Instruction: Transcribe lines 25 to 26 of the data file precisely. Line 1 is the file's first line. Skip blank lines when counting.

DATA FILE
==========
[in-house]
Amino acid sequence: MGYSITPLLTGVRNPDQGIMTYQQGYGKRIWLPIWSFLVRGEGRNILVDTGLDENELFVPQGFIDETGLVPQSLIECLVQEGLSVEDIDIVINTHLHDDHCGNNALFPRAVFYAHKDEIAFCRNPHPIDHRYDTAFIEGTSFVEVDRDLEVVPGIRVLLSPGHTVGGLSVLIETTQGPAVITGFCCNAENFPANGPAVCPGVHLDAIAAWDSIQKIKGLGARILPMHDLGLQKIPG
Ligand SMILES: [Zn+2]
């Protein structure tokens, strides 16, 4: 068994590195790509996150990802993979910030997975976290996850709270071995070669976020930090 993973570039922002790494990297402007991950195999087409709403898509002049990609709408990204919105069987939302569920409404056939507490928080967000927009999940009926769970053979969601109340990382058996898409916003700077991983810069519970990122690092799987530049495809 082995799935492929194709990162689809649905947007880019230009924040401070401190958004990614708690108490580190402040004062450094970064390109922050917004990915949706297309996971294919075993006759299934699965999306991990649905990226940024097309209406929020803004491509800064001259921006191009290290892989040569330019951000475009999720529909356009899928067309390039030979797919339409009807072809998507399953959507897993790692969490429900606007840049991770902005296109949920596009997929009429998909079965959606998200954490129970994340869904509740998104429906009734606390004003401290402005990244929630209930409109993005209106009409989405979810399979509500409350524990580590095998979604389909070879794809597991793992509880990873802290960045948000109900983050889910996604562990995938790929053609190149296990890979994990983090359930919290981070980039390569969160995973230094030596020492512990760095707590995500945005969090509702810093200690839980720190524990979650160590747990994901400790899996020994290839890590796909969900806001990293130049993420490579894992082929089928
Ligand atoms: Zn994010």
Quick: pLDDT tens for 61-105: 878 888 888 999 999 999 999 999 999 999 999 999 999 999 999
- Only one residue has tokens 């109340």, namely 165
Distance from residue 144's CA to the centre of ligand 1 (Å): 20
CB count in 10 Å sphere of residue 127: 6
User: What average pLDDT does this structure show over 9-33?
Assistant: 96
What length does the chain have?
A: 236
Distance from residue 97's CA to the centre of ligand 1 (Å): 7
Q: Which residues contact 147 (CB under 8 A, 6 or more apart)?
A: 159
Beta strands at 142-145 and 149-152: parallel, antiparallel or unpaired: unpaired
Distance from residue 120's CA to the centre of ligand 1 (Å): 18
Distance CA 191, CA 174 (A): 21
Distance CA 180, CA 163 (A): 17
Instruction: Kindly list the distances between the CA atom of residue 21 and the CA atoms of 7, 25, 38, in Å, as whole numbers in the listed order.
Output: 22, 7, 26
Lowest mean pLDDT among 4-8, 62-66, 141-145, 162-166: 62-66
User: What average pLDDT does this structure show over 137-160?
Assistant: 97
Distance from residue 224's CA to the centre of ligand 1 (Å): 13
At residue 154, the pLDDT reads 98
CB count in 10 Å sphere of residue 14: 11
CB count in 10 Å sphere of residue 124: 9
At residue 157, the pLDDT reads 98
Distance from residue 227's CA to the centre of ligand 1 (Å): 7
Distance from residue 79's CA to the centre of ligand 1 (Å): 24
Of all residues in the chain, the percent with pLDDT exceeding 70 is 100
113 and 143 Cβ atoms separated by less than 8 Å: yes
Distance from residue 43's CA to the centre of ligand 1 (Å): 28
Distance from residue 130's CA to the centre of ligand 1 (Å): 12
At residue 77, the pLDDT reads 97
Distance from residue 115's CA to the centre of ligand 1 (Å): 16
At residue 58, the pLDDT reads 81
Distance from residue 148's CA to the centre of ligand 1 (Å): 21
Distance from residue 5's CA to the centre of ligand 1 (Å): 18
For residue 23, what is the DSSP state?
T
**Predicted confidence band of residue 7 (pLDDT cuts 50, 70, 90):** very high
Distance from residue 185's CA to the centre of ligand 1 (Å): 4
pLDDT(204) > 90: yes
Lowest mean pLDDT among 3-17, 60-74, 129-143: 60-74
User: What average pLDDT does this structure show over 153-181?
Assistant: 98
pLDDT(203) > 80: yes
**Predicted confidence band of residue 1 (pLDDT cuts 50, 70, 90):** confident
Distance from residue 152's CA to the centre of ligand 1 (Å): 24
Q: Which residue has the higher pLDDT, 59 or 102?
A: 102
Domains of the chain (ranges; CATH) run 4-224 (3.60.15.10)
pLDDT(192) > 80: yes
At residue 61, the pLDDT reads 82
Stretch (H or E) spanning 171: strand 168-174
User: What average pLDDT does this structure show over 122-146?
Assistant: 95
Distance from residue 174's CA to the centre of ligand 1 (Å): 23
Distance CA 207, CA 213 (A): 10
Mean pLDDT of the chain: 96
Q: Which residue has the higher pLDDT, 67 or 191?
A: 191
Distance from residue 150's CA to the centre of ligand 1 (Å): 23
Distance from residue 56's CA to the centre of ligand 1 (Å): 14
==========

Assistant: 97
Distance from residue 224's CA to the centre of ligand 1 (Å): 13